PKI Background

PKI Background

Thus far, we've explored the concepts of symmetric key and asymmetric key encryption as they pertain to IPSec and various IPSec designs. Asymmetric key encryption leverages PKI to reinforce the community of trust within a network of cryptographic endpoints and other cryptographic elements, such as certificate authorities and registration authorities. Now, we will take a deeper look at asymmetric key encryption technology as it pertains to public key infrastructures (PKI).

Lenin once said that "trust is good, but control is better"he would have appreciated the need for asymmetric key encryption. Public key cryptography was born from the concept of controlling issues surrounding trust between two cryptographic endpoints that symmetric key encryption itself did not address. Remember that in symmetric key encryption, two cryptographic endpoints must share the same encryption key, since that key is also used for decryption. The integrity of this cryptographic operation relies on the security of the exchange of symmetric keys between the cryptographic endpoints. Therefore, the control of trust in a symmetric key encryption scheme lies on the secure channel over which the keys are exchanged, in addition to the strength of the keys themselves. Public key cryptography shifts the control of trust away from the secure channel of key exchange onto the generation of the asymmetric keypaironly a public key is exchanged freely, while the corresponding private key is not.

In 1976, Whitfield Diffie and Martin Hellmann introduced the concept of public key cryptography in their publication entitled "New Concepts in Cryptography." Their concept described an asymmetric cryptographic operation, outlining the use of two keysa public key used only for encryption and a private key used only for decryption. The two keys are mathematically related, but related in a way such that it is computationally infeasible to derive one key from the other. Additionally, information encrypted with a public key can only be decrypted using the corresponding private key. This cryptographic concept moves control over the security of cryptographic keys away from the manner in which they are exchanged and into the derivation of the keys itself. Central to this concept is the fact that the public key of an asymmetric keypair can be freely distributed without compromising the confidentiality or integrity of encrypted communications.


Although asymmetric cryptography provides a more secure framework for key management and exchange than that of a traditional symmetric key cryptographic operation, there are still trust and authentication issues inherent to pure asymmetric cryptography. We will discuss these issues as they pertain to RSA Encryption and IKE. We will then discuss the RSA Signature method of IKE authentication and how PKIs can be used effectively to address issues of trust and control in asymmetric cryptographic systems.

Consider the example in Figure, where Caroline intercepts the public key that James tries to send to Charlie so that Charlie can encrypt messages to James. Because the public key only encrypts information, Caroline cannot use the key to decipher encrypted communication between James and Charlie. Additionally, because James uses strong cryptographic keys, which are refreshed periodically, Caroline is not able to derive James' private key from the public key that she has intercepted.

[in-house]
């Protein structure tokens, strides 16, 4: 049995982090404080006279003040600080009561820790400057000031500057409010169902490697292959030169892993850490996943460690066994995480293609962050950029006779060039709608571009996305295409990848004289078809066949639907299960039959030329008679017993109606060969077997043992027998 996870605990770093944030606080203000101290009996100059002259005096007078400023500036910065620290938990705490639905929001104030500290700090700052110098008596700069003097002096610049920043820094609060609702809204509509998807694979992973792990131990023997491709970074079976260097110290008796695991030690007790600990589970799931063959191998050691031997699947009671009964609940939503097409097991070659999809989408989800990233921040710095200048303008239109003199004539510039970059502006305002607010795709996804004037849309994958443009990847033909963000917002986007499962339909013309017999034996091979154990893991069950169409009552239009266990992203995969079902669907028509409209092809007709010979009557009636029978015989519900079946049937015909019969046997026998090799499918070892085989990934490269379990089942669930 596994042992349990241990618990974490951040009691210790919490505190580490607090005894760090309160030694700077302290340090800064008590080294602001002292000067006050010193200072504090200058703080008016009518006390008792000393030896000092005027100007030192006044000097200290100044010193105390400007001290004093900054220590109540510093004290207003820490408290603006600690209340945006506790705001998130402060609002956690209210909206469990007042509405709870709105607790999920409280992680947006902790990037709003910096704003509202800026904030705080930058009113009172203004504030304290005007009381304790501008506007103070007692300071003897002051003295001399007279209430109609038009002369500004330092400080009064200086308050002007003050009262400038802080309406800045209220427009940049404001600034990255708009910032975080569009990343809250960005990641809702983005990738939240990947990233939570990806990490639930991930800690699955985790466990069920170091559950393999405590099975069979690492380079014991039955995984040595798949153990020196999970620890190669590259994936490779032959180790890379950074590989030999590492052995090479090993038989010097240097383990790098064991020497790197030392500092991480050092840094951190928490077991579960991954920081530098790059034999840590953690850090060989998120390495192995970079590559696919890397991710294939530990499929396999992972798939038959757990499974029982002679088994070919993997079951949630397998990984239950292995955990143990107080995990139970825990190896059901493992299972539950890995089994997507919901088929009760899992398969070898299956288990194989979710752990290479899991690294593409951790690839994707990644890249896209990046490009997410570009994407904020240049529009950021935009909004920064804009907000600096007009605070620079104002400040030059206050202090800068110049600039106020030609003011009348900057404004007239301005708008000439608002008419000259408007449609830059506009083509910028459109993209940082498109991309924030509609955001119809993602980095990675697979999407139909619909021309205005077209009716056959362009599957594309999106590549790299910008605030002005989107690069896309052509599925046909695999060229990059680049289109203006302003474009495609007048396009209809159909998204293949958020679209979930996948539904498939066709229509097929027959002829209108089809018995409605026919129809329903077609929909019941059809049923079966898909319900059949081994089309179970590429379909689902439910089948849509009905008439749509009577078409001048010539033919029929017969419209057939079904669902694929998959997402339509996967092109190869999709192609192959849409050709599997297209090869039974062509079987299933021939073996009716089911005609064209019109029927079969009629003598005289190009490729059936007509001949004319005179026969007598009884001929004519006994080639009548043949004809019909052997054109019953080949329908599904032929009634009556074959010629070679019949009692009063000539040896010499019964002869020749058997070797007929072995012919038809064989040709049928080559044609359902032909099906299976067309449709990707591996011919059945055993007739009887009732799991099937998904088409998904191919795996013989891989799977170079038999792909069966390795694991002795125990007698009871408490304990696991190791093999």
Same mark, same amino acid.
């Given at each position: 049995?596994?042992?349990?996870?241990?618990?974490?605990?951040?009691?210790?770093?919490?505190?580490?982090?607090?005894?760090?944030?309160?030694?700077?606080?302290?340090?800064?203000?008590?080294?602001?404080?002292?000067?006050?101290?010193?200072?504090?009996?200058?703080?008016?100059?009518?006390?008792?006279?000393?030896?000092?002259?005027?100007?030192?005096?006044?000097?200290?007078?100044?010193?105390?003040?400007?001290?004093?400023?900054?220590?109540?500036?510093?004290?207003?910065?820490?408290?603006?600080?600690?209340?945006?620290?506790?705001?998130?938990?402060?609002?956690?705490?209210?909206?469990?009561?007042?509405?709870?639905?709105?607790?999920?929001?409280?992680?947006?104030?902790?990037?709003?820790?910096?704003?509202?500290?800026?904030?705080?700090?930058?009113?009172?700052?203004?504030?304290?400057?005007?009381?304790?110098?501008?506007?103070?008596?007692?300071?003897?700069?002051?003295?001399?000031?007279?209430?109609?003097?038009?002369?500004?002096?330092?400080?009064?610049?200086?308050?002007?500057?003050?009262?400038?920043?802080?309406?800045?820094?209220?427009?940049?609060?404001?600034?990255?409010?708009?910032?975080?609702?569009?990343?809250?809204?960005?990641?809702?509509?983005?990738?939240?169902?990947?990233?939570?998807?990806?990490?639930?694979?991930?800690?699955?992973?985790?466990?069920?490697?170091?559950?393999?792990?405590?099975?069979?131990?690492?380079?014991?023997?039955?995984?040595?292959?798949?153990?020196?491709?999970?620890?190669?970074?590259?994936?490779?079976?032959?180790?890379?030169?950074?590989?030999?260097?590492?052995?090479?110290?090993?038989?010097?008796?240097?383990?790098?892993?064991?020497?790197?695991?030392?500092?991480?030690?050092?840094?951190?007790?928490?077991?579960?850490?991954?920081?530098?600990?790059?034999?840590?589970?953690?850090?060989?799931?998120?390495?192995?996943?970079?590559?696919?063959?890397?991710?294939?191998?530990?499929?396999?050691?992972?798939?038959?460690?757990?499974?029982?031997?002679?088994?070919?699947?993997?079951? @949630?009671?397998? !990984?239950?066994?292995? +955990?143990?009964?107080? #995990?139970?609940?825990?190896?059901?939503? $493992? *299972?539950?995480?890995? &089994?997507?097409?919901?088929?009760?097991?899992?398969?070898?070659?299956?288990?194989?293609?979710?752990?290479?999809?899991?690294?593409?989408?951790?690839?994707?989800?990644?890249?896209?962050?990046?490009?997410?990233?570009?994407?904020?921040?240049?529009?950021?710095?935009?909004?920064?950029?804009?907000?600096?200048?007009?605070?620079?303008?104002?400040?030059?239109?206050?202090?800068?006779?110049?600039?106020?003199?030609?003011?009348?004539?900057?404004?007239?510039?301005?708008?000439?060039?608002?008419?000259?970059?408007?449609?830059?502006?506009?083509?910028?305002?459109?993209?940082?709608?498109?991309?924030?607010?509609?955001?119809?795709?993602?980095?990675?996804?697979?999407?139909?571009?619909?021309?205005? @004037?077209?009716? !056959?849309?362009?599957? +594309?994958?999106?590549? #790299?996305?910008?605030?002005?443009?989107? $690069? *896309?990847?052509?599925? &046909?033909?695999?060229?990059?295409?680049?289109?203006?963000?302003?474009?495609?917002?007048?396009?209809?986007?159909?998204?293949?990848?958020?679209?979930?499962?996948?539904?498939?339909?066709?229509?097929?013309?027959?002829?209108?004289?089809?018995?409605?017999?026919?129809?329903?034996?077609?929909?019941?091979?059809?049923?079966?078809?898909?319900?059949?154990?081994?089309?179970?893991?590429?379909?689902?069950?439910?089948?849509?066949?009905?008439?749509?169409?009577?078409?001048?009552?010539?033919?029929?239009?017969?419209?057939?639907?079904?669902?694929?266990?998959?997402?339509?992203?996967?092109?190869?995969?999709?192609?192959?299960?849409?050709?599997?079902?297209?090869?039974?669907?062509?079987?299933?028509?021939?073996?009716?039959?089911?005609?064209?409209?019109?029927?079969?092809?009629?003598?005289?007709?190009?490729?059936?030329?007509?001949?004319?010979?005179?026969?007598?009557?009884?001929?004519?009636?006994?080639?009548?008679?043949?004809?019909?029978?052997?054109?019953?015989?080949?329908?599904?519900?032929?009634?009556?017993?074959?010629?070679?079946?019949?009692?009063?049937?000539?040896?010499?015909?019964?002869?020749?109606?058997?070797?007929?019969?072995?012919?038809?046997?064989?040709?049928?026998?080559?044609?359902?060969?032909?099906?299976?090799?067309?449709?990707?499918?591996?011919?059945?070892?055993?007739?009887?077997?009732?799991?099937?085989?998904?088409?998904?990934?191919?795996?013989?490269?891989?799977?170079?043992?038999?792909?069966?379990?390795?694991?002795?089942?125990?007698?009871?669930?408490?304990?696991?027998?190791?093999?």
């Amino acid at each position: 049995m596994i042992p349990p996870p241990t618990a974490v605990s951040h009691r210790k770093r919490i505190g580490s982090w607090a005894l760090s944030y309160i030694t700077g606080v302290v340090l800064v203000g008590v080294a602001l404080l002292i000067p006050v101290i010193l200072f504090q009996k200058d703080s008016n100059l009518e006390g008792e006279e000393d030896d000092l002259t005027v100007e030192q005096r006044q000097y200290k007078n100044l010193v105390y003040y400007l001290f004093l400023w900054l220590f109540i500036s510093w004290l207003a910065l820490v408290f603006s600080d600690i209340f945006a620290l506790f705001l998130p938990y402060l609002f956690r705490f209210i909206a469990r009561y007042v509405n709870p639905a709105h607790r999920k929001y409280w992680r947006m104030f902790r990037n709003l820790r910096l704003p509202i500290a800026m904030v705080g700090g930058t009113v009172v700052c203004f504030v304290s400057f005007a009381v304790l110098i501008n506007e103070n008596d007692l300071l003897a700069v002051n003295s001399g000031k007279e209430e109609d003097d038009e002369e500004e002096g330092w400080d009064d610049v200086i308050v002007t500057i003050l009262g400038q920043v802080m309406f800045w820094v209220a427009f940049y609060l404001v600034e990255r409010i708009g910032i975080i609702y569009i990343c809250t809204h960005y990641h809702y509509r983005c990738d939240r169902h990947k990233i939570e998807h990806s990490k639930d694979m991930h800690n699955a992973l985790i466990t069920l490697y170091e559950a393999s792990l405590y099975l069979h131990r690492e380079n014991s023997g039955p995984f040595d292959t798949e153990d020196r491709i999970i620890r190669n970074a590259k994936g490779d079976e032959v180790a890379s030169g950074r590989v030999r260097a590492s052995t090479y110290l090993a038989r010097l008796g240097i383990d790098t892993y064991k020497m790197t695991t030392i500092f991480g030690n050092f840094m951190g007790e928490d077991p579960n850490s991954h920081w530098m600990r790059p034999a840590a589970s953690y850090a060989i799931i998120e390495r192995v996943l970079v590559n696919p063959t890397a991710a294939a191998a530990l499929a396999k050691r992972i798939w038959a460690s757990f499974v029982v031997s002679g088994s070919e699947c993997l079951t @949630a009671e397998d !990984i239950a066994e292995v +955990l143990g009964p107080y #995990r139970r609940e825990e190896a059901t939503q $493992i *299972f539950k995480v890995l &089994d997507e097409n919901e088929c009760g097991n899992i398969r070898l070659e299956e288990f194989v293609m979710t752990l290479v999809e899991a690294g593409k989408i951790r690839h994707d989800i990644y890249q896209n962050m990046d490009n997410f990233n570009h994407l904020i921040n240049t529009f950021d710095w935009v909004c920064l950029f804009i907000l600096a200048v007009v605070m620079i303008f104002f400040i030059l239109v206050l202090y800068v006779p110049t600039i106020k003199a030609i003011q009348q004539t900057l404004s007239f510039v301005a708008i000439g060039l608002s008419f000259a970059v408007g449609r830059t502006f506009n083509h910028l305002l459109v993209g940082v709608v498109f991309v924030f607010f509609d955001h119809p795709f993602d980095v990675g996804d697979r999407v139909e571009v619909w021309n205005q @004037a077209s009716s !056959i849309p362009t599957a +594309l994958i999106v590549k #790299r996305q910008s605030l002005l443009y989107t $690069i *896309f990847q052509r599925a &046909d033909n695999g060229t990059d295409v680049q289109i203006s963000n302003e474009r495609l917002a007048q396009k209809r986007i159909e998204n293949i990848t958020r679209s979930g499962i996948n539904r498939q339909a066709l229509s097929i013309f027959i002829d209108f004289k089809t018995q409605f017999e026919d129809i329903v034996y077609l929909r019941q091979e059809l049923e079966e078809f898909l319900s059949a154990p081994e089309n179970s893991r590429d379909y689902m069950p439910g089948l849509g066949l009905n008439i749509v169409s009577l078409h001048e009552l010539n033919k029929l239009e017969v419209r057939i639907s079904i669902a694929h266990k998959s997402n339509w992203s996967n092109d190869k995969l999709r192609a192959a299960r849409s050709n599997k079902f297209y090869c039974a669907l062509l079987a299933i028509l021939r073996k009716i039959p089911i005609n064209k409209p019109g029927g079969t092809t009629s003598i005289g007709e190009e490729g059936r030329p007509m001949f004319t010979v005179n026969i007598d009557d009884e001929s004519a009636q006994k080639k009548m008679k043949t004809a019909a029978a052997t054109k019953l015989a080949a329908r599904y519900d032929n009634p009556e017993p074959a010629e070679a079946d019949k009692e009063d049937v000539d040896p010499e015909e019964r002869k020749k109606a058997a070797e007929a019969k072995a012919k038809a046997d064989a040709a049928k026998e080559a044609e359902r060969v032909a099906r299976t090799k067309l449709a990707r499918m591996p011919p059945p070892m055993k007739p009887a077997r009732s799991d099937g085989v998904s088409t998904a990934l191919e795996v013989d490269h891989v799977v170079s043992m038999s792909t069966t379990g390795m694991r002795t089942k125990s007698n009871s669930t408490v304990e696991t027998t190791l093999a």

What Can Be Done with a Compromised Public Key?

Although PKI does eliminate the need for authenticated, confidential distribution of symmetric keys, there must be additional mechanisms to enforce trust amongst cryptographic endpoints. As we have discussed, an attacker cannot do as much damage with a compromised public key as they could do with a compromised symmetric key. They could, however, have an impact in the authenticity of messages within the network. Because of this, there need to be additional measures to ensure that public keys are only exchanged among trusted cryptographic elements. Two measures that we have explored thus far, RSA encryption and Diffie-Hellman key exchange, have these elements of trust built into the cryptographic algorithm itself. Others rely on PKIs that use Certificate Authoritiescentral, trusted, repositories for maintaining keys with authentication and integrity.

Consider again the example in which Caroline intercepts a public key en route from James to Charlie. Although Caroline is unable to decrypt information from James and Charlie, she is still capable of using the public key maliciouslyshe could, for example, now use James' public key to encrypt information and send it to James as if she were Charlie.


An attack scenario in which a malicious party inserts themselves in between two or more communicating partners to manipulate and eavesdrop on data in transit is commonly referred to as a man-in-the-middle attack. Recall that this attack was discussed in the scenario described in Figure in Chapter 2, "IPsec Fundamentals."

How can James be certain that the information that he decrypts with is private key is authentic with preserved integrity knowing that his public key was distributed freely and openly? There exists a need for additional methods of data authentication and data integrity that deliver this level of trust, which is what PKI is all about.

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